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This young Chinese schoolgirl talked about the earthquake that destroyed her village. Not only were there casualties and destruction that the ICRC could immediately help with, but the results of this natural disaster reached father than that. The schools were destroyed. Homes were destroyed. The Red Cross helped them rebuild and instituted new schools in line with the governmental education system. The ICRC helped these people rebuild their lives.

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One man talked about stepping on a land mine and losing his legs. He couldn’t get a job. He didn’t have hope. The Red Cross helped him. Another tale was told by a young woman caught in the atrocities of the massacres in Rwanda. She lost most of her family members and was lost, trying to survive. She found shelter with Red Cross aides who then helped her connect with an aunt who could take her in.

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The Rwanda children’s photo project — recording their images so that they might be reunited with family

All of these stories are so personal and meaningful. They are accounts of people facing unimaginable situations. It would be so easy to lose hope; so easy to succumb to desperation. And then, aid arrives in the form of humanitarian workers who suddenly recognize these people as individuals in need. They help them. They save them. They are the International Committee of the Red Cross, and I was privileged to once be a part of them.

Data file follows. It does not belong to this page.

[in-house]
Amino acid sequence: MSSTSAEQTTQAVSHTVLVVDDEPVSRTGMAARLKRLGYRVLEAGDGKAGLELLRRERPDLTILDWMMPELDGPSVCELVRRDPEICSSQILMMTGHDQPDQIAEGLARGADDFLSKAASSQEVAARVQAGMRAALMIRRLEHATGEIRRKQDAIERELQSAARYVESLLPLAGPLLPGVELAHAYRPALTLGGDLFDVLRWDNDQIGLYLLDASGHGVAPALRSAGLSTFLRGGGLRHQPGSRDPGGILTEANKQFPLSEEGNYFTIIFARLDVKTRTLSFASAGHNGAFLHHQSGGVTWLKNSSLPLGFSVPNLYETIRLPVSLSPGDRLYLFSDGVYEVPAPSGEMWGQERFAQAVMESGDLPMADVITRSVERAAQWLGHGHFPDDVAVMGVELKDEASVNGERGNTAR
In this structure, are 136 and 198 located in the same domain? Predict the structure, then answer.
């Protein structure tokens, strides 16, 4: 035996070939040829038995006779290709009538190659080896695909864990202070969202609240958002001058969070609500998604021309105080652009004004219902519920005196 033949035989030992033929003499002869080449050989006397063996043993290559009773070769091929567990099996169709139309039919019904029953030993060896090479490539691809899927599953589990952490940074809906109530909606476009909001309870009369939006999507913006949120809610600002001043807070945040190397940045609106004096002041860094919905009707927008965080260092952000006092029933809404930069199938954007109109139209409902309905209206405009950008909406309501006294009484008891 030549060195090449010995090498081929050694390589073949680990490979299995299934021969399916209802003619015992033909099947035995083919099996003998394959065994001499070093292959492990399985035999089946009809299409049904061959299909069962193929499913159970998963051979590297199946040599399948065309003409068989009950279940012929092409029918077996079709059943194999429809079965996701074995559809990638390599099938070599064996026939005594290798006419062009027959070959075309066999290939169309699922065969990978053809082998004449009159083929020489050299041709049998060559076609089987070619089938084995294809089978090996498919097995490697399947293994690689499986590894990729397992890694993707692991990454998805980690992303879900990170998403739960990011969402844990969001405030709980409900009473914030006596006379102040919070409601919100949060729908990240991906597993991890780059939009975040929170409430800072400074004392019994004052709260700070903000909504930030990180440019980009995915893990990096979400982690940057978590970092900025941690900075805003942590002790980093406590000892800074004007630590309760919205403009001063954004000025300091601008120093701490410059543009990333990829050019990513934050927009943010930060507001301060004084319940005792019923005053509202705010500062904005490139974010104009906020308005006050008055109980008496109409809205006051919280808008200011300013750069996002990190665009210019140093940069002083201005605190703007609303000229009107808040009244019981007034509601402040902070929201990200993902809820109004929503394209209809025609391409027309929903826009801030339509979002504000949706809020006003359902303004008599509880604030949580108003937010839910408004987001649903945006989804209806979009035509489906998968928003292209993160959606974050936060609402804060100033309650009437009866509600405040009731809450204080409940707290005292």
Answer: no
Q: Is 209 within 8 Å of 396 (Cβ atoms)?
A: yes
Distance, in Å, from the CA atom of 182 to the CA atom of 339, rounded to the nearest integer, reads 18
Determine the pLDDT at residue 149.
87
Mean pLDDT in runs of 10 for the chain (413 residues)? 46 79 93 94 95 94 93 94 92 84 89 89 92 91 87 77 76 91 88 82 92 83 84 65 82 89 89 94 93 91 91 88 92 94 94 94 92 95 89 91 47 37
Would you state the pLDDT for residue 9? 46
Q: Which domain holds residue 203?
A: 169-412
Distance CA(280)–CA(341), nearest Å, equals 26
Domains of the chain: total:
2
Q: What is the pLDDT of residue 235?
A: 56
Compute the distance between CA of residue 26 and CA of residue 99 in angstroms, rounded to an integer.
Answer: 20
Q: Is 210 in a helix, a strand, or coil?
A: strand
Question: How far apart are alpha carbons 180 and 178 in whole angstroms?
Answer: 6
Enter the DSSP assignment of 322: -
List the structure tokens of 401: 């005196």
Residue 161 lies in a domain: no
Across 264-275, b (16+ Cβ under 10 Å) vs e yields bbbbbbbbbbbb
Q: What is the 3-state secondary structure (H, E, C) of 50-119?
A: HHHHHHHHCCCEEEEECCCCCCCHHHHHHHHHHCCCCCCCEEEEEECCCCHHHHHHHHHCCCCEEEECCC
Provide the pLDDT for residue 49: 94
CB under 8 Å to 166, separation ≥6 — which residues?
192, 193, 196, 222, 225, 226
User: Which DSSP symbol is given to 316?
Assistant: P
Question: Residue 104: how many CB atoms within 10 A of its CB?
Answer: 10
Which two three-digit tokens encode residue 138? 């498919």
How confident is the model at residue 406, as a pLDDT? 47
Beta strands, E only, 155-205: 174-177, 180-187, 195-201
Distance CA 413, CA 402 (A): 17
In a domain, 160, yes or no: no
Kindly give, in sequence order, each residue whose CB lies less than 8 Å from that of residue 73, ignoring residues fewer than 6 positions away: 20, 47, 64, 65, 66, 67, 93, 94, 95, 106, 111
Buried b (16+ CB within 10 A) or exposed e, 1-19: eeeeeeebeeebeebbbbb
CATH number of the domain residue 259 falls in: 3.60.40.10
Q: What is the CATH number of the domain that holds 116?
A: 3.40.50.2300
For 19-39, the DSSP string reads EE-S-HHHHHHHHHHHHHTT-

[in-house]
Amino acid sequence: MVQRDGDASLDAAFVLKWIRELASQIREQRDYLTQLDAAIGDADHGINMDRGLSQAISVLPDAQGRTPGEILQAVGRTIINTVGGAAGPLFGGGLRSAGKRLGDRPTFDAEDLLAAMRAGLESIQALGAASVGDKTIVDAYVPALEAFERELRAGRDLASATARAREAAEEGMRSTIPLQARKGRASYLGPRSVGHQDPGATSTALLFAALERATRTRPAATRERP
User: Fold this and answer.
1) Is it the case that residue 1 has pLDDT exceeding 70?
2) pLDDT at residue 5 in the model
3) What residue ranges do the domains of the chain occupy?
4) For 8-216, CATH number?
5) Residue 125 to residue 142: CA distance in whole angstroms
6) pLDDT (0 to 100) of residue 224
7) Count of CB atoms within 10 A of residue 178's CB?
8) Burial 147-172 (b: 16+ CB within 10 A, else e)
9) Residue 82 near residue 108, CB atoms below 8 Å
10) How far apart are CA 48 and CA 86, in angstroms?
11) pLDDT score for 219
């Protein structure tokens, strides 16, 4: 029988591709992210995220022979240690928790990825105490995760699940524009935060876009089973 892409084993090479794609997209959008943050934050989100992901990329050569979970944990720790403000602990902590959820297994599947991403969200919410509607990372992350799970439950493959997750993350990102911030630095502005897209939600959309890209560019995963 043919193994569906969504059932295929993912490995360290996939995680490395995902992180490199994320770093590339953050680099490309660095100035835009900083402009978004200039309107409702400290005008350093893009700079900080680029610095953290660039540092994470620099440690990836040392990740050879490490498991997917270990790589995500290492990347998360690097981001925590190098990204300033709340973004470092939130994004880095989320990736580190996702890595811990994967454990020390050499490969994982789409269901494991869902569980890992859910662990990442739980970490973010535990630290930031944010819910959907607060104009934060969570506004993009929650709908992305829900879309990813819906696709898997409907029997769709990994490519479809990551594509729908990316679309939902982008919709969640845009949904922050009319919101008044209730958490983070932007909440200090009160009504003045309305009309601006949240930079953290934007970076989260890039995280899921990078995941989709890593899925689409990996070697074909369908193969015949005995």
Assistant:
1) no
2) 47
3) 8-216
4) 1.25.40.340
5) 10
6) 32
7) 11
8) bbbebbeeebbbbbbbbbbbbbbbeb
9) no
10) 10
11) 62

Do you have a Red Cross story to share? Or was there a natural disaster they responded to that touched your heart? I can think of so many…

I thank the Museum for inviting me to come and bear witness to their humanitarian adventure.

 

15 responses to “Recognizing the Red Cross

  1. This will always be a timely piece and I appreciate you educating us about how important these selfless people are. Thank you!

  2. Hats off to all of those who step in to help out when disaster strikes, Juliann. Often they are the difference between life and death, despair and hope. Thanks for sharing. –Curt

  3. I love this piece and thanks for volunteering – how beautiful of you. I studied in the Geneva Academy which is an ICRC endeavour – they are truly the best and most credible humanitarian organisation in the world today and bring so much dignity and integrity to victims of armed conflict. Thanks again.

    • Thank you! I find them admirable, for sure. When my stepfather died and we needed to contact my son in the Air Force, it was the Red Cross who got in touch. They do so much that people aren’t aware of.

  4. The Red Cross volunteers are awesome heroes. Not so much some of those in the higher echelons who use their positions for personal prestige. I was at the museum in Geneva in 2006 and it was great, though it’s clearly been modernised since that time.

  5. This is beautiful. A great reminder that when you take away politics and power structures, it’s the people on the ground who act selflessly that make all the difference. Happy to see you recognize the volunteers of the Red Cross, who really are the true heroes.

    • You said it, Lillian! Take away the politics and power struggles and you have the people. The people matter. It’s good to know there is an organization that keeps this in their forefront.